Taking AP exams comes at a high cost both in the price of the exam and the stress associated with studying for the test. Depending on your age/grade and where you plan to attend college, taking the test might not be worth the cost to you. See below for a quick guide to help you decide whether to sit for those tough tests at the end of the academic year.
By May of your senior year, you’ll already know which college you’re attending in the fall. Because the AP exams can play no role in the admissions process at the time you take them, you should only take the AP exams if you plan to attend a school that will accept AP scores for college credit. Read the fine print of the policy for your school: do they accept AP results for credit? If so, what does it get you? When I committed to Reed College as a high school senior, I noted that AP scores could earn me a unit of credit towards the 30 I needed to graduate, but could not be used to satisfy any prerequisite requirements. I decided to forego the AP exams because they would not practically enable me to take fewer or different courses as a student at Reed.
Exception: If you plan to reapply to schools next fall as a transfer student, you may want to have good AP scores as a part of your updated application.
Juniors & Sophomores
When you register for the AP exam at the end of your 10th or 11th grade year, you likely won’t yet know where you plan to go to college, so you won’t know whether the scores you get will be worth college credit at the school you’ll ultimately attend. Obviously this information can’t impact your decision to take the exams or not.
That said, the results of these two rounds of AP exams will be available to colleges at the time they make their admissions decisions (if you make them available), and earning good scores could provide you with an additional positive on your application. If you expect that you will earn a score of 3 or higher on any given AP exam, I would recommend taking that exam.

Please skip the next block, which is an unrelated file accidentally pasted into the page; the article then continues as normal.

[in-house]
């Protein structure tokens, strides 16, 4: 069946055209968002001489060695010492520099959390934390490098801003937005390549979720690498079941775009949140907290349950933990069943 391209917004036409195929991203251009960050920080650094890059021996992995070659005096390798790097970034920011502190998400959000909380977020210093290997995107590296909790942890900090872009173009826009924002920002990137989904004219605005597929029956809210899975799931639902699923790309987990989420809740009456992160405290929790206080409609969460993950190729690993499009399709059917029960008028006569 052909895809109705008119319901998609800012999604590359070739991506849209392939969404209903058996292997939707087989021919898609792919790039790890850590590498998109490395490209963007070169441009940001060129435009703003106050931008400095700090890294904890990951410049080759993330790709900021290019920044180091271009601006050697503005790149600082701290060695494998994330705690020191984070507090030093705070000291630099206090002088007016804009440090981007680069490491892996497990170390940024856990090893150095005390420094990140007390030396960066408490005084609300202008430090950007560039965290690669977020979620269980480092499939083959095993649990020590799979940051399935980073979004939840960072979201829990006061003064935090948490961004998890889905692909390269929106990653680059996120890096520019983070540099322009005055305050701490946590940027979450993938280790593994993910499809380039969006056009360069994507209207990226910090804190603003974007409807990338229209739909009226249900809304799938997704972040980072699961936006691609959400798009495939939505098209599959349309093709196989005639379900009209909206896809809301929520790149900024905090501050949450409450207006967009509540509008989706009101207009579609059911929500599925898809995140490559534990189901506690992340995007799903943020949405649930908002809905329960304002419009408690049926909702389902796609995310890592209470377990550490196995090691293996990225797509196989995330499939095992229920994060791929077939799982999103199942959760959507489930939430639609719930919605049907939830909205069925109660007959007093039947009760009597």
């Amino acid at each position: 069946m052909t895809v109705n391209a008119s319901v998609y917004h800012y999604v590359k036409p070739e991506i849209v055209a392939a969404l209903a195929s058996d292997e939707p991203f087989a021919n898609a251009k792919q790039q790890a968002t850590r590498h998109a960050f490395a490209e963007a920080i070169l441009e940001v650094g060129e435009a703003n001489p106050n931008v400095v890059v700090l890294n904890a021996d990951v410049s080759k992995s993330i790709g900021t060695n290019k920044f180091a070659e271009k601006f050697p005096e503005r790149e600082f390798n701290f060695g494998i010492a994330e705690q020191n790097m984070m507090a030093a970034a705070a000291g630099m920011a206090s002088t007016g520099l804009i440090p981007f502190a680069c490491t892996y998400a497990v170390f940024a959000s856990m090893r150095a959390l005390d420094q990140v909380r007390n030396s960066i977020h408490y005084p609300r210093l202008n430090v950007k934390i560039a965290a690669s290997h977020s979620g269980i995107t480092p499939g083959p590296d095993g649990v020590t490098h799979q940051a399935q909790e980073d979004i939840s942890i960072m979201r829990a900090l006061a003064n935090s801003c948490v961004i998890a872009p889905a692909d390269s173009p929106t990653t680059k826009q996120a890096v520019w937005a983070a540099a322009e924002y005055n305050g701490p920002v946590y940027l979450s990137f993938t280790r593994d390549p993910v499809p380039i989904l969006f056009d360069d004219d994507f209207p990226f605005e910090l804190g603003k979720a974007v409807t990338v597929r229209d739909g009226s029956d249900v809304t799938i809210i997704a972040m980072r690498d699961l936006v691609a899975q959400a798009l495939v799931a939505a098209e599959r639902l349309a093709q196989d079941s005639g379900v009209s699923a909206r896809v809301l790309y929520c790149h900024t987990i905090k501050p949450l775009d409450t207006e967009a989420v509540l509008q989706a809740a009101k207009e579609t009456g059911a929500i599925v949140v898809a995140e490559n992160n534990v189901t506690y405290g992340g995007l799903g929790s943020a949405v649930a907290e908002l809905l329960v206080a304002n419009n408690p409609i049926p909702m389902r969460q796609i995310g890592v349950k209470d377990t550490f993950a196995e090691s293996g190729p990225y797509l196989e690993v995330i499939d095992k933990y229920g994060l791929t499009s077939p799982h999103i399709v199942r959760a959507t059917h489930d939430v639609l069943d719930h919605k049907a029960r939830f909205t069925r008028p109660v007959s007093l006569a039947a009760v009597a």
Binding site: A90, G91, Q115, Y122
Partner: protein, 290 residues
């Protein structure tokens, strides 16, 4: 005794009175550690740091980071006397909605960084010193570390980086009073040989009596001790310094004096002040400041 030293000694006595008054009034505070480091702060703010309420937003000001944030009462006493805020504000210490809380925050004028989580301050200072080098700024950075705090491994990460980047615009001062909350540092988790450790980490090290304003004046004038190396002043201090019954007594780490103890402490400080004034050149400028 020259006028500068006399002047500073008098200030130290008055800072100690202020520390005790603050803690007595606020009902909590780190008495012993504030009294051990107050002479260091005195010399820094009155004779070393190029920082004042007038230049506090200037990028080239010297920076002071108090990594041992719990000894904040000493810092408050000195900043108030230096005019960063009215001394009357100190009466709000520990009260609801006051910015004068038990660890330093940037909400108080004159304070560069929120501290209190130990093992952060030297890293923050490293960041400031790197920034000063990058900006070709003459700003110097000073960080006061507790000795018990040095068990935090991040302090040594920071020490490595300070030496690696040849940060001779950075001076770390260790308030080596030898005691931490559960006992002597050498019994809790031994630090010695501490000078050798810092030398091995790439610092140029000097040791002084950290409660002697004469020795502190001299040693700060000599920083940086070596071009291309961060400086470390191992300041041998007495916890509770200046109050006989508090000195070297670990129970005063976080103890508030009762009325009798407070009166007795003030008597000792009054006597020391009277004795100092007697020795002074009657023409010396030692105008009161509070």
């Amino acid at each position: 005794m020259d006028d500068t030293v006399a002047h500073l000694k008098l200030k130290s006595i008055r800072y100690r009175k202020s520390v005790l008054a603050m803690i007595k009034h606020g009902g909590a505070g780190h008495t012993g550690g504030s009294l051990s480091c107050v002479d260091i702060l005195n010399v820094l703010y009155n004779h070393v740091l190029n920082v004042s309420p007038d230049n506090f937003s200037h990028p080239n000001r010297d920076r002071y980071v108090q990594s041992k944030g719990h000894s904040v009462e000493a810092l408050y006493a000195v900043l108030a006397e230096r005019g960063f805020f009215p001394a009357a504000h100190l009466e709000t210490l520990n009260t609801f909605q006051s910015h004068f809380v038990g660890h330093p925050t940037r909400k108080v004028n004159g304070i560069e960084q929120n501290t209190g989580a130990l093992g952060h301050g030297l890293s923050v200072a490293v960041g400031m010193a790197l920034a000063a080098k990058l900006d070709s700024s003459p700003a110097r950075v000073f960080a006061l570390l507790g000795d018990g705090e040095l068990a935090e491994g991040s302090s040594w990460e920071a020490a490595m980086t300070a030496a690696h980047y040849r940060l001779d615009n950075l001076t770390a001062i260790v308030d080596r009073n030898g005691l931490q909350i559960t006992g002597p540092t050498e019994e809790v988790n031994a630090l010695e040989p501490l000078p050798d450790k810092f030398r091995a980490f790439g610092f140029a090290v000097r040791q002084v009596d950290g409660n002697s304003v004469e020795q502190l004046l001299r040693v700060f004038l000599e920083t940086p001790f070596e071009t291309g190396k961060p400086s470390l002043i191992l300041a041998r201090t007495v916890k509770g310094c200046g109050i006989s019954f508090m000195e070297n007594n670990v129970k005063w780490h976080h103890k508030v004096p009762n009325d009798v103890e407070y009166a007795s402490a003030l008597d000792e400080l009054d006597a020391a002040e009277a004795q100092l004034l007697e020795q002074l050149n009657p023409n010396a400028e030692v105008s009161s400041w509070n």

It’s important for students to understand that AP exams are credit-based tests, which means their primary role is in conferring college credit to students. While AP scores sometimes play a role in the admissions process, students have control over that role: students have the right to self-report only the AP scores they would like colleges to see. This means you can choose to report only the results that would earn you college credit (i.e. “good” scores) to the colleges to which you choose to apply in the fall. Official results for an AP exam should be sent only to the registrar’s office of the college you choose to attend, and only after you’ve enrolled.
All of the good, none of the bad
In the end, think of the AP exams as an opportunity to do some good for yourself, whether it’s in the application process or in the process of earning college credit. You’ll never be hurt by a bad AP score, even in the admissions process—all you lose is the time, energy, and cost of taking the exam.